Though I fully intended to buy a Tecsun S-8800 for review, our friendly Hong Kong-based Tecsun retailer, Anon-Co, sent an S-8800 to me before I could. I’ve worked with Anna at Anon-Co for at least a decade and have purchased numerous radios for review, not to mention as gifts for family and friends.  When she insisted to send it as a gift, I decided I would (gratefully) accept the unit.

I received the S-8800 on February 1 and promptly posted unboxing photos here on the SWLing Post.

My new Tecsun S-8800 had a serious problem, though––one that two early S-8800e adopters noticed as well––internally generated noises, also known as birdies. And while most receivers will have a few minor birdies scattered across the bands, this S-8800 hosted a whole chorus of them, overwhelming the bands and making use of the radio difficult.  Read through this post thread for details.

I contacted Anna at Anon-Co and she immediately notified Tecsun; as a result, they halted distribution of the S-8800.

Tecsun took the S-8800 to their engineering team, and I’m happy to report they’ve now eliminated the horrible warbling DSP birdies of the initial unit I received.

On the S-8800s since released, while there are still a few minor birdies across the bands (more on that later), they’re merely what one might expect to find on any receiver. In short, the S-8800 now in production is a functional receiver, and a contender in its class.

I’ve had the S-8800 for a few weeks now and have had time to put it through its paces. What I present now is a review of the re-engineered Tecsun S-8800.

First impressions

Tecsun S-8800 Front Ang

In the spirit of full disclosure, I must note that I’m not as avid a user of large portables like the S-8800. Personally, my preference is for smaller, full-featured travel-friendly portables, or else larger tabletop models.  I travel often and like to pack lightly, so I rarely reach for anything bigger than my trusty Sony ICF-SW7600GR, or Tecsun PL-880, and more often than not, I grab the ultra-compact Sony ICF-SW100 or C. Crane CC Skywave.

But to say that I never reach for large portables would be inaccurate. In fact, I use a Grundig GS350DL daily; it’s my analog kitchen radio. I rarely move the tuning dial (a good thing, since it unfortunately drifts) because it’s locked onto my in-house SSTran AM transmitter on 1570 kHz.

What large format portables like the GS350DL and S-8800 can provide that a small portable cannot is broad, rich, room-filling audio. In my world, good audio is an important factor in overall signal intelligibility.

The S-8800 chassis resembles several other receivers: the Grundig GS350DL, S450DLX, and more recently, the Field BT, just to name a few.

The body is made of a hard plastic (not rubberized) and feels rugged enough. The knobs and buttons also feel tactile and of comparable quality to the previous similar models noted above.  With the rechargeable batteries inserted, it weighs about 3 pounds 4 ounces (1.5 KG).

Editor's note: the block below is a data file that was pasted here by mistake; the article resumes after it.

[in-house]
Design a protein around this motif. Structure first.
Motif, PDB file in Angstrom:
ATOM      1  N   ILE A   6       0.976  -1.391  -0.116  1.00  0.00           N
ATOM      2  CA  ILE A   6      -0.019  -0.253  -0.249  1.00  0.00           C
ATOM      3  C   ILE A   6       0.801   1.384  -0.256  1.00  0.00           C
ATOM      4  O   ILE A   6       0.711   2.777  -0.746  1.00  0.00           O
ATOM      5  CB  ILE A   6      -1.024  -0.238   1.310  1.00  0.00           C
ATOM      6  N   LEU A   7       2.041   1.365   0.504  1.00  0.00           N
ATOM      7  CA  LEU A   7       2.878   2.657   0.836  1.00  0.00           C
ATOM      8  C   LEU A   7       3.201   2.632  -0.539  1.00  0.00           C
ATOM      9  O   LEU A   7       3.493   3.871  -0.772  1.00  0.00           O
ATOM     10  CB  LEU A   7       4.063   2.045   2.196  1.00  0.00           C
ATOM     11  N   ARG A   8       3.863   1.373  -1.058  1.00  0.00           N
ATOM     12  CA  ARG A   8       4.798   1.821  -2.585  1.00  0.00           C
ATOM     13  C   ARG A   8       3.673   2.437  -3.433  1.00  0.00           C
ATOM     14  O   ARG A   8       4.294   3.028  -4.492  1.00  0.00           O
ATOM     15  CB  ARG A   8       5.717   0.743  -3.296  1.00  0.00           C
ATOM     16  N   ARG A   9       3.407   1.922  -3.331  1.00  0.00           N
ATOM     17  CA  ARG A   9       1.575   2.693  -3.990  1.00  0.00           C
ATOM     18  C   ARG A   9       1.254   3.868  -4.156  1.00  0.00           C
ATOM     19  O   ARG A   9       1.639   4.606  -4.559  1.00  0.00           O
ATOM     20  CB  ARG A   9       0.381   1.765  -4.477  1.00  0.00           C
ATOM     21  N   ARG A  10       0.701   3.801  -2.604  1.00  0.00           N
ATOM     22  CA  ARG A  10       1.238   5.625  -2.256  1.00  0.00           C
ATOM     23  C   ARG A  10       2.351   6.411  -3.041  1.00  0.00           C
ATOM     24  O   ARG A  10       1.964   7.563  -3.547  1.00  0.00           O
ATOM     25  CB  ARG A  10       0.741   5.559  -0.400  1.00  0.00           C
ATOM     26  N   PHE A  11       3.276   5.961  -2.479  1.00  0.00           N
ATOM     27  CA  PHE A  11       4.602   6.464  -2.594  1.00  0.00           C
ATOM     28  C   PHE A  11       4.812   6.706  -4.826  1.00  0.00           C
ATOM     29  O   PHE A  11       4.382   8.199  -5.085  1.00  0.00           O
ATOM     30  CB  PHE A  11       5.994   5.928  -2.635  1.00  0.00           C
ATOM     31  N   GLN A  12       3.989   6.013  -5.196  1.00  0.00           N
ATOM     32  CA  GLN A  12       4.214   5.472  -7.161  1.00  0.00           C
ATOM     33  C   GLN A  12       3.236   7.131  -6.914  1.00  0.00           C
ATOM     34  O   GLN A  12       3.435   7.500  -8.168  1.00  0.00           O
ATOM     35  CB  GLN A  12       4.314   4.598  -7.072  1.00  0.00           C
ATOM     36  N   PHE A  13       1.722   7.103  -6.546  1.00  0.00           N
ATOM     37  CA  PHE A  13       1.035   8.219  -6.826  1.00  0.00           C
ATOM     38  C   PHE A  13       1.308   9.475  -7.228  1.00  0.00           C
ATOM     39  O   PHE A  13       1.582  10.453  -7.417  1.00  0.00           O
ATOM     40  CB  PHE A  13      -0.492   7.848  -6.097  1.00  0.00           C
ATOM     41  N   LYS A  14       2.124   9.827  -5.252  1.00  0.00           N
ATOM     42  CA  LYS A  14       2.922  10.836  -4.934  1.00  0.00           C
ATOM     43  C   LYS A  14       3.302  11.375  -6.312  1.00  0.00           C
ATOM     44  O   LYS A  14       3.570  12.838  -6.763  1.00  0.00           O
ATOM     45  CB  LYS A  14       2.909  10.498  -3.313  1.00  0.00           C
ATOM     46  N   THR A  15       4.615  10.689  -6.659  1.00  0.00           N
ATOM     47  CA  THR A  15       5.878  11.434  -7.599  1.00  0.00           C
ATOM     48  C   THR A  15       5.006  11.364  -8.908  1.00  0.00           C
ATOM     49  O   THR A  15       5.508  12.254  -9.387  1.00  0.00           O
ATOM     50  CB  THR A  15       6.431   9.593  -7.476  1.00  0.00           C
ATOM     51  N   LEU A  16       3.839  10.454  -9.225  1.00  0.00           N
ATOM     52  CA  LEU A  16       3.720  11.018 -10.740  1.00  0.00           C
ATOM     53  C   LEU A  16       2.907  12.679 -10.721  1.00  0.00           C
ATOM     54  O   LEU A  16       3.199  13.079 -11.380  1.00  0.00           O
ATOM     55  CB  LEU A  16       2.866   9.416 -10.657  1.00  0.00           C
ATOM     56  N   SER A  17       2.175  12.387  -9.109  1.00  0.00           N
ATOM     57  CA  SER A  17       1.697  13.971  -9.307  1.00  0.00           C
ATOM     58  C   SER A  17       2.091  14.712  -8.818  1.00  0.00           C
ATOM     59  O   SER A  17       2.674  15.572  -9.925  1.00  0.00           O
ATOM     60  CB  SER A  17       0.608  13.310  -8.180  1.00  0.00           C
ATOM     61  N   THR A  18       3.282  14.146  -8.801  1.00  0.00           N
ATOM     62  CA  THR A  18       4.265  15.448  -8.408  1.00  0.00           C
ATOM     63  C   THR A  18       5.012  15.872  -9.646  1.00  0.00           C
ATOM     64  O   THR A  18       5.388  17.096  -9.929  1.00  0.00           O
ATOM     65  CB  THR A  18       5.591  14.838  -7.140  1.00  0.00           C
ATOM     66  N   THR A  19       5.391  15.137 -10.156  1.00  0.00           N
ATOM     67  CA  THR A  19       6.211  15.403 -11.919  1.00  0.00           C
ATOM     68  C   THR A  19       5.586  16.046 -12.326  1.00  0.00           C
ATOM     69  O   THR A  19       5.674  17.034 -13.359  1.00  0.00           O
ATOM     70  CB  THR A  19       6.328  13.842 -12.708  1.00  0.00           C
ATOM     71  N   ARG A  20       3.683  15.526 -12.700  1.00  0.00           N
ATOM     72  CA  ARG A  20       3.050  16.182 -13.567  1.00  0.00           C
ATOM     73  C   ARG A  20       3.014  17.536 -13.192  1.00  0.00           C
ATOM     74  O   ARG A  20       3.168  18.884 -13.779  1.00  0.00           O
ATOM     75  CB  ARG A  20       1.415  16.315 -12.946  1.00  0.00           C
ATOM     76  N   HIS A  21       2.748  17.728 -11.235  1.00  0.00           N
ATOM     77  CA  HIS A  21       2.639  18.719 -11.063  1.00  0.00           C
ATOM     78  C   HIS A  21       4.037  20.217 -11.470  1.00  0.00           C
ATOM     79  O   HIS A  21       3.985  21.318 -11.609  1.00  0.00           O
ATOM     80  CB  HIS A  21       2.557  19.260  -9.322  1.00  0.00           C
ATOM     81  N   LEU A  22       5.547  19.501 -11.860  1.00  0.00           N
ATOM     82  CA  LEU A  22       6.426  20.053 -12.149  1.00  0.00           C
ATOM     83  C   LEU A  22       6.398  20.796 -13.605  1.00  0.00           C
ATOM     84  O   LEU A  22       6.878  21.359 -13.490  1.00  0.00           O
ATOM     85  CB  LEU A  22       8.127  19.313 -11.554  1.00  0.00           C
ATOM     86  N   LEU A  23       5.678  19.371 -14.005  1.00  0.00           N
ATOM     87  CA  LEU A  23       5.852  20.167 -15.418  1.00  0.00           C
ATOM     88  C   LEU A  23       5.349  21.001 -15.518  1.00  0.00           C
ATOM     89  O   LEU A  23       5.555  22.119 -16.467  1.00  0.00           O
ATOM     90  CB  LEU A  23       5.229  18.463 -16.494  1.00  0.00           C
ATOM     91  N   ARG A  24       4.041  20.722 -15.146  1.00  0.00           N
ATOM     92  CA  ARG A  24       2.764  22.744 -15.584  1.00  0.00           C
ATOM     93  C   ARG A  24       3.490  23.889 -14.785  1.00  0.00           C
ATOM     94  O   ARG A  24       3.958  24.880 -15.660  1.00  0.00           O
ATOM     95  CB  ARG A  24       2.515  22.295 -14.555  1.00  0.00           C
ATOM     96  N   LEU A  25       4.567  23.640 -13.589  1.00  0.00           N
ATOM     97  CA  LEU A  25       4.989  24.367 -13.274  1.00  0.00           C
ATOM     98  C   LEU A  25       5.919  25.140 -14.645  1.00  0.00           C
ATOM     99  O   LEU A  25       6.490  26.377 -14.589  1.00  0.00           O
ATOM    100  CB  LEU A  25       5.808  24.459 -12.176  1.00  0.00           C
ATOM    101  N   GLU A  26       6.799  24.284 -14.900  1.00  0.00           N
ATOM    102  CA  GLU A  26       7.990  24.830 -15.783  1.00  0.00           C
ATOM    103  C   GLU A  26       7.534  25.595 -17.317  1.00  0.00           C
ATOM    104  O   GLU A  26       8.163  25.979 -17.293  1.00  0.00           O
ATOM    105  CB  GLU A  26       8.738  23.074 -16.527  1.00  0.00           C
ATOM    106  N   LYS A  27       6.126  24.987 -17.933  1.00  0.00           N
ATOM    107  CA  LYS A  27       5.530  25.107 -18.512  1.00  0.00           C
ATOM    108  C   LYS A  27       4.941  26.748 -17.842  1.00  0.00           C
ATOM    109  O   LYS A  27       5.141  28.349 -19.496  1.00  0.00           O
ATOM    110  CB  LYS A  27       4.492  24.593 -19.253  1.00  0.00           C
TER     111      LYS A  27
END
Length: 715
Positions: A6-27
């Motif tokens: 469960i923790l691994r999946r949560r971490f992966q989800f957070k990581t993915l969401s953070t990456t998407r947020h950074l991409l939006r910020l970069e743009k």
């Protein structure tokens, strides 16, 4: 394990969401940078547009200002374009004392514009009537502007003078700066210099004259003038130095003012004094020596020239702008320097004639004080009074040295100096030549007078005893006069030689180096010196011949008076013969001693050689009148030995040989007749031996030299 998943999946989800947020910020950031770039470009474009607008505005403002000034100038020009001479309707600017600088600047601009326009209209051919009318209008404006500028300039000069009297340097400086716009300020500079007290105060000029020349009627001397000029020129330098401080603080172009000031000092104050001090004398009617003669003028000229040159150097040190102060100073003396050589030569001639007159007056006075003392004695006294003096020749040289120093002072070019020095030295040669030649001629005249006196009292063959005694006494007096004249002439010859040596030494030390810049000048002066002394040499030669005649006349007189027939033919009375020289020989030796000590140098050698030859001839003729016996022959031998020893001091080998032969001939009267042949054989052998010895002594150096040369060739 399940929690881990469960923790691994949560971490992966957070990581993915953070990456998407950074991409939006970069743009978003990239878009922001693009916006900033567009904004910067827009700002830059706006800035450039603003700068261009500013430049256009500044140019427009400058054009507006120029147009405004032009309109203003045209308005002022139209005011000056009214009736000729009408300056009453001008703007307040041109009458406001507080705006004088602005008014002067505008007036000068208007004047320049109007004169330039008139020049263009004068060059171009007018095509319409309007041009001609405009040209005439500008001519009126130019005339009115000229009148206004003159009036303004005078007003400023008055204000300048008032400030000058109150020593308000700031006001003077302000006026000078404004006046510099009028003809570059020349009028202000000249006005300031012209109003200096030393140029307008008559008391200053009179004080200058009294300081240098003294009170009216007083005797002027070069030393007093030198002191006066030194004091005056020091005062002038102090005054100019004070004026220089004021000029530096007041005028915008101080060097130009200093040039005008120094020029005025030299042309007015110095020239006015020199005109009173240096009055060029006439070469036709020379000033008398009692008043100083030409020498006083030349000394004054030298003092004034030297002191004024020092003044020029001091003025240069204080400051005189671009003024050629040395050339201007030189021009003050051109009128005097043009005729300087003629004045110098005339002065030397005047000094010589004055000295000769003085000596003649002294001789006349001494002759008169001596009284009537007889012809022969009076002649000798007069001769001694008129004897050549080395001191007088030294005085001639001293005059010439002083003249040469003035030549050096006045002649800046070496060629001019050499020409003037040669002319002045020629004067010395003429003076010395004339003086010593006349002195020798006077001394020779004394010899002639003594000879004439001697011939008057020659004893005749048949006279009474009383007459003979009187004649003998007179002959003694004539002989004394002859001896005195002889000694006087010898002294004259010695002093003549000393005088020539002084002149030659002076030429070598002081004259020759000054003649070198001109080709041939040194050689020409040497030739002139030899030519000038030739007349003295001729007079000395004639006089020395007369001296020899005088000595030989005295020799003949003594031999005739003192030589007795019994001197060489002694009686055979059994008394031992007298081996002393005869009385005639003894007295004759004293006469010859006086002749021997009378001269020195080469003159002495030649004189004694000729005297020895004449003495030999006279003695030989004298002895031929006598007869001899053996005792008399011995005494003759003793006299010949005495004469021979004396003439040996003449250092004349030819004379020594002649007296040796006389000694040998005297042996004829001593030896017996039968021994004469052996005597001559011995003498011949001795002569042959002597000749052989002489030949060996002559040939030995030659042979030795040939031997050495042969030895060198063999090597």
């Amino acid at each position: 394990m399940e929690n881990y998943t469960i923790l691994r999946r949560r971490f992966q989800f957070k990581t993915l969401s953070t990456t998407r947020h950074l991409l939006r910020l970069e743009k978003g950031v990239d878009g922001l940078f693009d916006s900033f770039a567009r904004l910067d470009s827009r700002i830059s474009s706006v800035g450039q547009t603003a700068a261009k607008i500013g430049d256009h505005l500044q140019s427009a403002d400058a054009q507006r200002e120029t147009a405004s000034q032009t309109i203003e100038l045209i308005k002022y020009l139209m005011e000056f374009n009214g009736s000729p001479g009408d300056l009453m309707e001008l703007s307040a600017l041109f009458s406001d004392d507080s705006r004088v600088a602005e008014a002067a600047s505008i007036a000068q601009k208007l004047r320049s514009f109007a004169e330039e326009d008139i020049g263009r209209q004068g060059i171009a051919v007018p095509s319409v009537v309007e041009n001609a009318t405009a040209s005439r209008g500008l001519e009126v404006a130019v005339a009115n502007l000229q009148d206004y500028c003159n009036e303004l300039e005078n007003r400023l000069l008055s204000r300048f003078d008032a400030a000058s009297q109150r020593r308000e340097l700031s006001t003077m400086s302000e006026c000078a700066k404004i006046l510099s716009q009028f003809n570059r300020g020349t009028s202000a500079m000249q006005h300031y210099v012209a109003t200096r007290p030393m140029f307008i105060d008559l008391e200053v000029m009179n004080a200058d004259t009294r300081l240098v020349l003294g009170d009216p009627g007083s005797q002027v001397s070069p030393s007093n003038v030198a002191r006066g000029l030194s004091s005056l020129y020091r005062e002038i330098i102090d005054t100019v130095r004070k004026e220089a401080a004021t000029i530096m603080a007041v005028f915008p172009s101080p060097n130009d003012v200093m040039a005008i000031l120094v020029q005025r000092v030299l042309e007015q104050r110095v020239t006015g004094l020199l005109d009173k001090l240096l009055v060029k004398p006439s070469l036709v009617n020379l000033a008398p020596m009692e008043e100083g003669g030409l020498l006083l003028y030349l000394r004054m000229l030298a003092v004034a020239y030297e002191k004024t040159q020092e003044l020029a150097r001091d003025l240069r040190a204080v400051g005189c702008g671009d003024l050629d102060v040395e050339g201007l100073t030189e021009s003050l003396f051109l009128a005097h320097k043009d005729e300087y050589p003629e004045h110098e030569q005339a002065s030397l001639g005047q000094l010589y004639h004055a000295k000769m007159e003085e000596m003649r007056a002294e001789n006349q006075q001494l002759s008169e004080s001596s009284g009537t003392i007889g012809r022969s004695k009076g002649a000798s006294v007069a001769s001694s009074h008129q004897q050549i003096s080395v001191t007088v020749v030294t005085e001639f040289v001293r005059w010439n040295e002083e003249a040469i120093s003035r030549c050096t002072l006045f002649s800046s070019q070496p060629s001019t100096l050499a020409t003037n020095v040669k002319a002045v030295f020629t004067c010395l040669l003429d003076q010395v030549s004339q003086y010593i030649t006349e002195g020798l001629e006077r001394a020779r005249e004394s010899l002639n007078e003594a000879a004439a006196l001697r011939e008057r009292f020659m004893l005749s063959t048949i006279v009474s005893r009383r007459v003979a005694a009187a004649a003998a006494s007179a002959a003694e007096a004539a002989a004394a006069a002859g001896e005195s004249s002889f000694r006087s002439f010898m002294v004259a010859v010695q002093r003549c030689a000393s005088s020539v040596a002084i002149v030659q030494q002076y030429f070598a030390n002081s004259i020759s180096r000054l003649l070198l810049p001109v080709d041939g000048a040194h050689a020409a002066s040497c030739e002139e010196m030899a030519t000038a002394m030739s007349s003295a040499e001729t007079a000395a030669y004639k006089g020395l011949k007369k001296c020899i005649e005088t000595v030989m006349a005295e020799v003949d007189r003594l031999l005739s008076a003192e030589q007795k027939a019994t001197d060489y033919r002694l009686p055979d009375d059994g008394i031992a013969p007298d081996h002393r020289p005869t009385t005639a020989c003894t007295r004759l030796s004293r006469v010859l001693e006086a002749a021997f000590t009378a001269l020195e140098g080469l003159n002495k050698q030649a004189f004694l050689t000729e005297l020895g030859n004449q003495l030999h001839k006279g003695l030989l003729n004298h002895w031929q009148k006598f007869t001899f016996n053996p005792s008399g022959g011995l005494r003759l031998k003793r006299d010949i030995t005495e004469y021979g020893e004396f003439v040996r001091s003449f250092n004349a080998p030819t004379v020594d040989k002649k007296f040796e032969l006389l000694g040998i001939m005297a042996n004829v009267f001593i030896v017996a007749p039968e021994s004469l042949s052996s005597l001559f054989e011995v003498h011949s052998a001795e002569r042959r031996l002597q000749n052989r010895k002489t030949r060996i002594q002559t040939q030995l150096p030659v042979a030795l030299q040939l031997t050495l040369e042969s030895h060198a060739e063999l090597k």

The backlit display is large and viewable from almost any angle––even at a distance.

The main encoder (tuning knob) has appropriate amount of brake for most listeners. It wobbles very slightly, but functions amazingly well. I prefer it over its large portable predecessors, especially the 350GL. There is no soft mute while tuning, so band-scanning is a fluid, almost analog, process.

Both the “Band Select” and “AM BW” knobs have soft detents that mark steps in selection. In the field, I noticed that these can occasionally skip an increment when the detent only moves one position or the knob is turned very slowly. This doesn’t really affect functionality in any way, but I thought it worth noting nonetheless.

Like previous similar models, the S-8800 lacks a built-in keypad for direct frequency entry. That would be a major negative for a radio in this price class if the S-8800 didn’t come with one invaluable accessory:  an infrared remote control.

Infrared (IR) Remote Control

The Tecsun S-8800 ships with a IR remote control, and as far as I’m concerned, it’s great.

The remote feels durable, fits well in the hand, and the back has a place for it to balance on your index finger when holding…

But more importantly, the remote works quite well.  The controls are intuitive and the labeled buttons are quite easy to read. They’re also tactile and have a muted “click” response when pressed. Indeed, I wish my television’s remote was this well designed.

And the remote is quite useful, especially if you like listening from bed, from a porch, from the kitchen or dining room or den––or, in fact, from any space where you might wish to control the receiver at a distance. I believe its possible that every function of the S-8800 can be controlled with the remote––even the sleep timer!

Perhaps my dream remote for such a purpose would be backlit, but the S-8800’s remote is so simple to use, I’ve already nearly memorized where the buttons are located for nighttime use.

Operation Manual

The S-8800 ships with an informative operational manual, although this radio is intuitive enough that a seasoned radio listener will not need to reference it, save for advanced settings. Still, it’s written in clear language––with comparatively few English grammar errors––and the diagrams for both the radio and the remote are exceptional.

I referenced the manual several times to sort out ATS operation, saving/erasing memories, and to hunt down function shortcuts.

Features

The S-8800 is a feature-packed triple conversion receiver.  Here’s an abridged list of its features, focusing on those most radio enthusiasts seek: